We’re halfway through Veterinary Webinar Month but I’ve already got a lot to share with you

I’m writing this email at 38,000 feet or 11,000m if you prepare the metric scale, in the middle of the Atlantic near to where the Titanic sank in 1912. I am on my way to Florida for the first time to visit the North American Veterinary Congress in Orlando.

We are already half way through Veterinary Webinar Month but I just wanted to share some of my highlights with you in case you missed them.

We’ve had two excellent webinars concerning vets and the internet. Nigel and Sophia James were passing on their tips as to how to improve your websites and Kelly Baltzell, a speaker at last year’s LVS, was speaking about the importance of mastering social media in the practice. I’ve said it before and will probably say it again, social media is not an optional extra anymore for a business- it’s essential. Both speakers offered further help at the end of their webinars. If you are committed to growing your business with the help of the internet this year then both webinars would be invaluable.

The recordings can be found at the following page:

www.thewebinarvet.com/veterinarywebinarmonth

We have also continued with our Chicken Vet Series and nursing webinars. Richard Jackson and Alison Colville-Hyde discussed chicken Anatomy and Post-mortem guide and Kate Wallis discussed the care of the wild bird patient. Both of these webinars are available to purchase:

www.thewebinarvet.com/veterinarywebinarmonth

Of course, I was hugely excited and a tiny bit trepidacious about our Virtual Congress last Saturday. Over 520 vets registered from 43 countries to make this a truly international affair. It was also RACE accredited with 21 hours being awarded for the conference due to the late addition of Mike Willard to the congress as a 7-9pm GMT session on oesophageal disease partly to cater for North American veterinarians. Mike is one of my big heroes, a fantastic speaker who entertained as well as taught on Saturday evening. I had earlier been chairing the rabbit and oncology streams. Bruce Stevenson, a South African colleague, chaired the other streams with Wendy on hindlimb lameness and feline infectious diseases. Here are just some of the testimonials from the Congress:

I would just like to say how much I enjoyed Saturday. I attended the hindlimb, the feline and oesophageal diseases streams all of which I enjoyed immensely. It’s always good to learn something new and when the presenters are crisp, informative and engaging it makes it all the more worthwhile. I am certainly looking forward to next year, just booked my ticket though it meant I am now overbudget for the month (yikes!). Congratulations to all who made this possible and thanks once again. Will definitely be watching the recordings several times.
Margaret Chin

To be honest, I enjoyed it more than the London Vet Show! The oncology was a bit too far in the future for me – I doubt if anything over 5 years in the future will affect me – and even that’s too long, in my opinion, but I do enjoy the subject, just thought the cats would be more relevant. Thanks for all your hard work and patience with the old fogies who are not so computer literate!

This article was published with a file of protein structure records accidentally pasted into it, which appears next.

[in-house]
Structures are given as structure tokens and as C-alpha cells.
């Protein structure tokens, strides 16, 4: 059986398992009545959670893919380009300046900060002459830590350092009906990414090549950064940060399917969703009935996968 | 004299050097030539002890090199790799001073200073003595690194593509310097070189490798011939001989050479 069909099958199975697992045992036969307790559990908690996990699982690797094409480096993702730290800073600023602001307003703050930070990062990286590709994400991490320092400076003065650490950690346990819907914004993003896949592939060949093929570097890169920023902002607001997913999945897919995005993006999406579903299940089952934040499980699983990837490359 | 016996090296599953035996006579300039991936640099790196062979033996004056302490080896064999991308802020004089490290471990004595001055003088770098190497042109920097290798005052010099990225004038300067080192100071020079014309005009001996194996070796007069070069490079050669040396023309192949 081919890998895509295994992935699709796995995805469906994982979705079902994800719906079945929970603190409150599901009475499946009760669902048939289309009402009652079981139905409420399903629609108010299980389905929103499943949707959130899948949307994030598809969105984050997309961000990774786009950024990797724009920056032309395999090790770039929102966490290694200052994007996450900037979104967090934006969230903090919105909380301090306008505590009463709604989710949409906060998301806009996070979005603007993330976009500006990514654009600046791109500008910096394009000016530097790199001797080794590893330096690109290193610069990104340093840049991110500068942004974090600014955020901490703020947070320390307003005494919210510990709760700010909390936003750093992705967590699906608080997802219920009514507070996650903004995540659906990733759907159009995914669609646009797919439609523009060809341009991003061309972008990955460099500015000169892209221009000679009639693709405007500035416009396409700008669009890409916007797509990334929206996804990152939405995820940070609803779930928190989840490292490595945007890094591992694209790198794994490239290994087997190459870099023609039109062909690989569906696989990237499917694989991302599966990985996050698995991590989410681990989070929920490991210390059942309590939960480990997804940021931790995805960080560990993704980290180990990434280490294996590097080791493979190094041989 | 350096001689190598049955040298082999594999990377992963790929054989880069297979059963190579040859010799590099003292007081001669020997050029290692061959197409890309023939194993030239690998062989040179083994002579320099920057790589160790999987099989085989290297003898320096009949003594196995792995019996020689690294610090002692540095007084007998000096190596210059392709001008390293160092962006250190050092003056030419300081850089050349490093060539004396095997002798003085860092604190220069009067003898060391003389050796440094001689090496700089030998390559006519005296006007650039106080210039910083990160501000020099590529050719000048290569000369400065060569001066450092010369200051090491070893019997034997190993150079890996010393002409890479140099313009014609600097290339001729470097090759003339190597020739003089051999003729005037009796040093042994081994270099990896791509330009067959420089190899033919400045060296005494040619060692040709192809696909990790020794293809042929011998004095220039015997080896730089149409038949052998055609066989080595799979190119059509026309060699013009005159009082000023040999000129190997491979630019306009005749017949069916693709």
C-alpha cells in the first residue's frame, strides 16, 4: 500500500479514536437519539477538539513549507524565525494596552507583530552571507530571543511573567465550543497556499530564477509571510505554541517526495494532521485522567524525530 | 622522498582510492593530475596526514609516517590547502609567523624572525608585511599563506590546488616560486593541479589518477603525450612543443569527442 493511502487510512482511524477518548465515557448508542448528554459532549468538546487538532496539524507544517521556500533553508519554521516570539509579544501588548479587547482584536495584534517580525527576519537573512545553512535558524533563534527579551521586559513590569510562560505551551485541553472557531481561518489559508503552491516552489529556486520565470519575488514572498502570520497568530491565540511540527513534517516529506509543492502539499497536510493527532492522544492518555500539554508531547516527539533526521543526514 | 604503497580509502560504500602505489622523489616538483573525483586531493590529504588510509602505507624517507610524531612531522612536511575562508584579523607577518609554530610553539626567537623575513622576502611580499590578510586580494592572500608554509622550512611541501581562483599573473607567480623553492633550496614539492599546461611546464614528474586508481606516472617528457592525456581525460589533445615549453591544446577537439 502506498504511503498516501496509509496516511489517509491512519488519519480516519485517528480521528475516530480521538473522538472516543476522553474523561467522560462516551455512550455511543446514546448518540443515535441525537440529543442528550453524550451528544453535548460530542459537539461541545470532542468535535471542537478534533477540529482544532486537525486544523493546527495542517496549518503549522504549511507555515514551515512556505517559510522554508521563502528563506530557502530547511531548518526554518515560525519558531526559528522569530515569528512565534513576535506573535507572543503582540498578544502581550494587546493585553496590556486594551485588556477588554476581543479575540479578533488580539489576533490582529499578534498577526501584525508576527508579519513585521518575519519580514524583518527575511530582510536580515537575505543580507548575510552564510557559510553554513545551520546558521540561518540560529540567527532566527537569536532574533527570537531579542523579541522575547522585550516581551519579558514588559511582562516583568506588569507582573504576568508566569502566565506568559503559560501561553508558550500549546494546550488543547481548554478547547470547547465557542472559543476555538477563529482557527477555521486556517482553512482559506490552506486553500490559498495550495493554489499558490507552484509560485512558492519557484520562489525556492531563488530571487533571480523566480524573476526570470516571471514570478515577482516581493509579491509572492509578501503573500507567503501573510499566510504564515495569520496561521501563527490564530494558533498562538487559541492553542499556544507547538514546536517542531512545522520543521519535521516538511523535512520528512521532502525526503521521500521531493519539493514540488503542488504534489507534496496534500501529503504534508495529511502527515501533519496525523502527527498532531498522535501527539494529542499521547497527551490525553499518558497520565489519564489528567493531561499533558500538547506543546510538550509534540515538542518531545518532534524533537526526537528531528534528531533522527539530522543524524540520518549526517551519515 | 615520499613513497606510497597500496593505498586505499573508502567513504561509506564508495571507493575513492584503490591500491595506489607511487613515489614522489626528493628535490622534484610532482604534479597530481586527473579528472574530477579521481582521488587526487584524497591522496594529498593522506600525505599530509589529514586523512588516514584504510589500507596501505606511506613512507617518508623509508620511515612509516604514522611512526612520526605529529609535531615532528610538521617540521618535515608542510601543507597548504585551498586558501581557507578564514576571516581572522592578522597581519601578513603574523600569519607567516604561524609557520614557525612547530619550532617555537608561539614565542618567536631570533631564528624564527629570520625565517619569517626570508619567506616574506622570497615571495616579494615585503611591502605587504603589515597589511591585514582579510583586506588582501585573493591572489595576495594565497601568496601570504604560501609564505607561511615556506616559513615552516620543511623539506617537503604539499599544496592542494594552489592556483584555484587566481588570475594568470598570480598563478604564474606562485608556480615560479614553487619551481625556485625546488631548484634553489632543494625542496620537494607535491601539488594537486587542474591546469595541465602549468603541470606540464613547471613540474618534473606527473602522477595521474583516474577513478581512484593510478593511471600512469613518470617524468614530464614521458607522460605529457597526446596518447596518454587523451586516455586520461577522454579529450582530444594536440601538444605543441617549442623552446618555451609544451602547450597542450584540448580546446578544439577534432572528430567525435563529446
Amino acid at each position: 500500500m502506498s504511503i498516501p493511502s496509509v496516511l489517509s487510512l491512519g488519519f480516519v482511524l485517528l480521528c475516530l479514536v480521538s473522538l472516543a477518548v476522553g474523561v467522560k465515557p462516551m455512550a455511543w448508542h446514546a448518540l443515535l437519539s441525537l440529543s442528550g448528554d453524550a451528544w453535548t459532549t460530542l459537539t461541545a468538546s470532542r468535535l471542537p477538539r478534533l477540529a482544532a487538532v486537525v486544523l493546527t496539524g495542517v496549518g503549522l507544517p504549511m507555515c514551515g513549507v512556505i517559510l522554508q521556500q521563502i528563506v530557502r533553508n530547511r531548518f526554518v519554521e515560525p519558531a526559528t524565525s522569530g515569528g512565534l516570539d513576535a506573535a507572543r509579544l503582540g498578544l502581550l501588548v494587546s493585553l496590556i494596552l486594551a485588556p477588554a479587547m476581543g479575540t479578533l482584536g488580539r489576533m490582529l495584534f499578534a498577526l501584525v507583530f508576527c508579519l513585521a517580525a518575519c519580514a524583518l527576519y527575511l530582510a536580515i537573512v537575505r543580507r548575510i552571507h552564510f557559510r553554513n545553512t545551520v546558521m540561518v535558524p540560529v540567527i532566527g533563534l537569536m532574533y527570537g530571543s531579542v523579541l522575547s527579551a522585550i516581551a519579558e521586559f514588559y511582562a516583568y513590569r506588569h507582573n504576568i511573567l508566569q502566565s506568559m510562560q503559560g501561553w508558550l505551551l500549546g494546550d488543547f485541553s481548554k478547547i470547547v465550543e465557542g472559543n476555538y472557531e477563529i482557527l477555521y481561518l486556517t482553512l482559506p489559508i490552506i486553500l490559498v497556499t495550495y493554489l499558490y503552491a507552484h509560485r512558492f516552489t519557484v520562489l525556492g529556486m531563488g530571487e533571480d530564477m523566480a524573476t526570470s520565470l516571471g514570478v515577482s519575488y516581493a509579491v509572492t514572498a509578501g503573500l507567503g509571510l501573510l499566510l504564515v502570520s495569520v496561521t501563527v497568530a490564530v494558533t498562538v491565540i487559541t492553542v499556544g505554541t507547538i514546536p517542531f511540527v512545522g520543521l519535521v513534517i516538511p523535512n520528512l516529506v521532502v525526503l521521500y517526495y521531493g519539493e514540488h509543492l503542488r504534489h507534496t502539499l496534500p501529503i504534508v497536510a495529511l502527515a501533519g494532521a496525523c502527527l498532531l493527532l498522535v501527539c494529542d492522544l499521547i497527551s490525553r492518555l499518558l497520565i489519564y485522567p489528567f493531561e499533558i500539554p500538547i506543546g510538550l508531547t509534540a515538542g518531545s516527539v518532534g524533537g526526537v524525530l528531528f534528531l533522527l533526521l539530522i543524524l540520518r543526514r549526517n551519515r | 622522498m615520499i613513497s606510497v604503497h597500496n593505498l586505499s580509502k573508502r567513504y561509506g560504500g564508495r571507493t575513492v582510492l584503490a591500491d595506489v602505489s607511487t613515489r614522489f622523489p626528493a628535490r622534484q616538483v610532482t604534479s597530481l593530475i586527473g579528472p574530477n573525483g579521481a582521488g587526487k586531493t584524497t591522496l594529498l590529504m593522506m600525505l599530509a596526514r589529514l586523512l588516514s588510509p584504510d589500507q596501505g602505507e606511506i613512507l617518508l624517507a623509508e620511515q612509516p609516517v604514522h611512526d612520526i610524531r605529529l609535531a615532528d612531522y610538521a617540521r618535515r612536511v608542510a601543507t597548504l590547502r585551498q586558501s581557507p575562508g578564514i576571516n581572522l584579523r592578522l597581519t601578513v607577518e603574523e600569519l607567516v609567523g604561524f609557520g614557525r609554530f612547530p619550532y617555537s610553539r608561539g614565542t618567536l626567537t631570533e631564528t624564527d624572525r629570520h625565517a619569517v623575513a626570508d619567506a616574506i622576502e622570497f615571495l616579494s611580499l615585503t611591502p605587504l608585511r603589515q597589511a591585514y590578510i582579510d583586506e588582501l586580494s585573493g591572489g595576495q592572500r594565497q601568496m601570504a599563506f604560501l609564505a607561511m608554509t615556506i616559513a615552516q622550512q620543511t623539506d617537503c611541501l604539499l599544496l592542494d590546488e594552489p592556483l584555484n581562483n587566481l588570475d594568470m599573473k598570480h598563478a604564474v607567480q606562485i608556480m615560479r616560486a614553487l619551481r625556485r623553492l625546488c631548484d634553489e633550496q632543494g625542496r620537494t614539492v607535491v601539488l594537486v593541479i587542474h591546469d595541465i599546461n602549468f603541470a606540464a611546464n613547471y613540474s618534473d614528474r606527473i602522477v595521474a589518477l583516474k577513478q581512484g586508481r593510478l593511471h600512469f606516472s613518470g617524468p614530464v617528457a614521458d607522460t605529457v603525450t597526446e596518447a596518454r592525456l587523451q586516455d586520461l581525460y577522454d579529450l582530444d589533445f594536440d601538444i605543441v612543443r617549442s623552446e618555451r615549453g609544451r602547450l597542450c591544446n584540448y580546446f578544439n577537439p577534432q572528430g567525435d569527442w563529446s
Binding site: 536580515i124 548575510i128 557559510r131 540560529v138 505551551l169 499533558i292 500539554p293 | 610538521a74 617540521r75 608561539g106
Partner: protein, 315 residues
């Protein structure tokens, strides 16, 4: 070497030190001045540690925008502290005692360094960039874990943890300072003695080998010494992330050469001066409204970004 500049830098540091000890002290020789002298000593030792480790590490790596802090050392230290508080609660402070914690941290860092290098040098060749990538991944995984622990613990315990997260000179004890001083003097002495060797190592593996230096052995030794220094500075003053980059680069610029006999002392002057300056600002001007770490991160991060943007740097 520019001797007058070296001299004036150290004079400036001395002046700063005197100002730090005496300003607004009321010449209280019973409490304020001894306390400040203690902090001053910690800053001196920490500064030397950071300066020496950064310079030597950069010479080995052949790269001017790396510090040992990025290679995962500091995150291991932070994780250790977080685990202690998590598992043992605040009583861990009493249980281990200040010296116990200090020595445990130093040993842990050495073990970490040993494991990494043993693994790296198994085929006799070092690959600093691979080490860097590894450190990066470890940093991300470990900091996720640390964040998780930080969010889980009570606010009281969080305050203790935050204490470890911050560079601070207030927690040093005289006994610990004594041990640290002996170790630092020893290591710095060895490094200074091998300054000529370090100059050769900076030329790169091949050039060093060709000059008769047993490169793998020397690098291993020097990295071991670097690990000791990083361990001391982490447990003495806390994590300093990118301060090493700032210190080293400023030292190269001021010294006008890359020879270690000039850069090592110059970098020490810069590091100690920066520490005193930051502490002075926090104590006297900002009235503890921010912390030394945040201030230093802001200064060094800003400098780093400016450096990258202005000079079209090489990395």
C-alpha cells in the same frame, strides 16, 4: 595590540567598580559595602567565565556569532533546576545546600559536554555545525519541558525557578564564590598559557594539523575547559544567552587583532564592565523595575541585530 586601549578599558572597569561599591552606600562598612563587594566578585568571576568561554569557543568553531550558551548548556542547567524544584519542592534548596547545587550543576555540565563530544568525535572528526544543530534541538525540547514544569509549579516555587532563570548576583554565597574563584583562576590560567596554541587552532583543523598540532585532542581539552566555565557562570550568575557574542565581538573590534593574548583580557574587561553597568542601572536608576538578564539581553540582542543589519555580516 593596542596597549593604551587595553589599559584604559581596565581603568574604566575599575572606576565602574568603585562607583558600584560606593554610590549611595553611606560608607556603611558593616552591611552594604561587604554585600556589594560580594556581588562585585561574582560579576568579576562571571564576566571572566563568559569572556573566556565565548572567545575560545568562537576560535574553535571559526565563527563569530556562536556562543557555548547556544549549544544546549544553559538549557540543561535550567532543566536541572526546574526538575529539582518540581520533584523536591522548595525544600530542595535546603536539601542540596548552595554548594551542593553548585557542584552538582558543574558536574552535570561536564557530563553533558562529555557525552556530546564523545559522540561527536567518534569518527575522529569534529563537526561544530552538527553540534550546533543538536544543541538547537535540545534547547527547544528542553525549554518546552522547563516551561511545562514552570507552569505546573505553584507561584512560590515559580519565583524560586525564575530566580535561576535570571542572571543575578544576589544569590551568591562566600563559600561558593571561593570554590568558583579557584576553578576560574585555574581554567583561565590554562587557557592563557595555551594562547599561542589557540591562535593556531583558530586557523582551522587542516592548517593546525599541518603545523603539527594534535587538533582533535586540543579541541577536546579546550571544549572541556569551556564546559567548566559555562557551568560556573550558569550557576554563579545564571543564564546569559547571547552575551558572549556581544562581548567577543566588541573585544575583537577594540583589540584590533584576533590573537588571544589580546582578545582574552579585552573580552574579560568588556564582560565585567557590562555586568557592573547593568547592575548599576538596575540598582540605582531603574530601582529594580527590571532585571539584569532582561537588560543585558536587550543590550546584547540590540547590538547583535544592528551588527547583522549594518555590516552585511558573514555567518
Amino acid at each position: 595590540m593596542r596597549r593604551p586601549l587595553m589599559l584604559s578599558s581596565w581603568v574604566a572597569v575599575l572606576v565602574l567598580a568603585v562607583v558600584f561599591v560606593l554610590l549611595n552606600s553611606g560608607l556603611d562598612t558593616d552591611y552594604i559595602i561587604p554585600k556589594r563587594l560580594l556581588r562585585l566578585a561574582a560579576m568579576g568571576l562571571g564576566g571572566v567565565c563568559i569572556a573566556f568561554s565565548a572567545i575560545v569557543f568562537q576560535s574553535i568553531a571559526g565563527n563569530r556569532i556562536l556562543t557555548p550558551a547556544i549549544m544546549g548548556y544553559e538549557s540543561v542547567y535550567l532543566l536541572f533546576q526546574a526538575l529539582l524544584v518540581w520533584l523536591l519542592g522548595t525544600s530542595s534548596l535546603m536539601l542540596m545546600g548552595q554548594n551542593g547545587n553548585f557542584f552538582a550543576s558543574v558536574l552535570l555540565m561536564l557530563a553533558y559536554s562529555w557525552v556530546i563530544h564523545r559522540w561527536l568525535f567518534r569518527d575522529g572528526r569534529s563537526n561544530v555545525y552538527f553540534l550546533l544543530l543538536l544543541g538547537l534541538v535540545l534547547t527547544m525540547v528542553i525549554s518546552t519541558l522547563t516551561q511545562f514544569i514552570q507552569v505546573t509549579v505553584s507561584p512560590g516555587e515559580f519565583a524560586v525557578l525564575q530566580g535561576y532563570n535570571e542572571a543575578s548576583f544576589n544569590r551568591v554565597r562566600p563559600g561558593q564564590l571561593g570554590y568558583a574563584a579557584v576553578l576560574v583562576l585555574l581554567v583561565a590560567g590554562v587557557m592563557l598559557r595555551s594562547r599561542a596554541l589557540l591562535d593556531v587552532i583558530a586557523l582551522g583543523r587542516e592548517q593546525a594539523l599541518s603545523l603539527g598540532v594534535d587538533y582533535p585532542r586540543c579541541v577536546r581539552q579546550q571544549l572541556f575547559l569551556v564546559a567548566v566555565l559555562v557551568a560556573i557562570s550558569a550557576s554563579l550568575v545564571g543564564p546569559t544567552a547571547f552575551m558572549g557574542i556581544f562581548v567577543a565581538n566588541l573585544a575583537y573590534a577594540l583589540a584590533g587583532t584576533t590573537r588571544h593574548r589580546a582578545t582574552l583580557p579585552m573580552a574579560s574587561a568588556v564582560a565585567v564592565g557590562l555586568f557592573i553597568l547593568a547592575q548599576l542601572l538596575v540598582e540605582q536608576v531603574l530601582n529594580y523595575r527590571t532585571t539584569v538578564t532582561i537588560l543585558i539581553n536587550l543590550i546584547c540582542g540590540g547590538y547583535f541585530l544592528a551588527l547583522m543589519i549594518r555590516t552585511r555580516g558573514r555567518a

Liz O’Connor-Pierce

There were one or two technical glitches but this did not seem to detract too much from the attendee’s enjoyment. Those of you who didn’t register for the Virtual Congress can still do so at:

www.theinternationalwebinarvet.com

I was at my old school last night with Sian Smith, a fellow Edwardian, who works up at Myerscough Vet Group in Clitheroe. I saw a lot of practice as a student with the opposition, Mearley and also did referrals in dermatology for a number of years. It’s real sheep country and I must admit even I, a dyed in the wool (sorry) small animal vet found some of the stats on sheep numbers and the effects of subsidy fascinating. I won’t spoil the surprise so if you see sheep please go and look at the recording- over 500 vets registered for this webinar even though I advertised it very late. I’m sorry about my tardiness and hope you can watch the recording with my apologies:

www.thewebinarvet.com/veterinarywebinarmonth

Matt Colston, the speaker also mentioned the success of last year’s Sheep Veterinary Society’s webinar series. This begins again on Monday 20th January 2014 at 8pm with Harriet Fuller speaking about sheep scab.

This series is an excellent, up to date resource for any vet serious about sheep and can be purchased at www.thewebinarvet.com/svs2014

Of course, Monday 20th January is also supposedly the most depressing day of the year! Ann Dickinson, a vet from ColwynBay, and a leading light of Mental Health Research UK has renamed it Blooming Monday and wants veterinary staff to come to work dressed in bright colours. I’ve put a little video on the blog as I did last year with a bit of guitar which will hopefully brighten your day. Feel free to comment on the blog or YouTube! I will be in Florida so I will definitely be happy!

If you do get dressed up bright, please add your pics to The Webinar Vet’s Facebook Page or let’s try to trend on twitter with #blooming Monday

I think I will look at a film now.

I hope you enjoy the recordings and don’t forget to have a nose at the Virtual Exhibition:

http://www.theinternationalwebinarvet.com/virtualexhibition

There is some great information on there as well as some good prizes including £500 worth of satiety diet from Royal Canin- that definitely will keep pets sated for a while! But can you find Royal Canin’s stand?!

Have fun and to your CPD success!

Anthony

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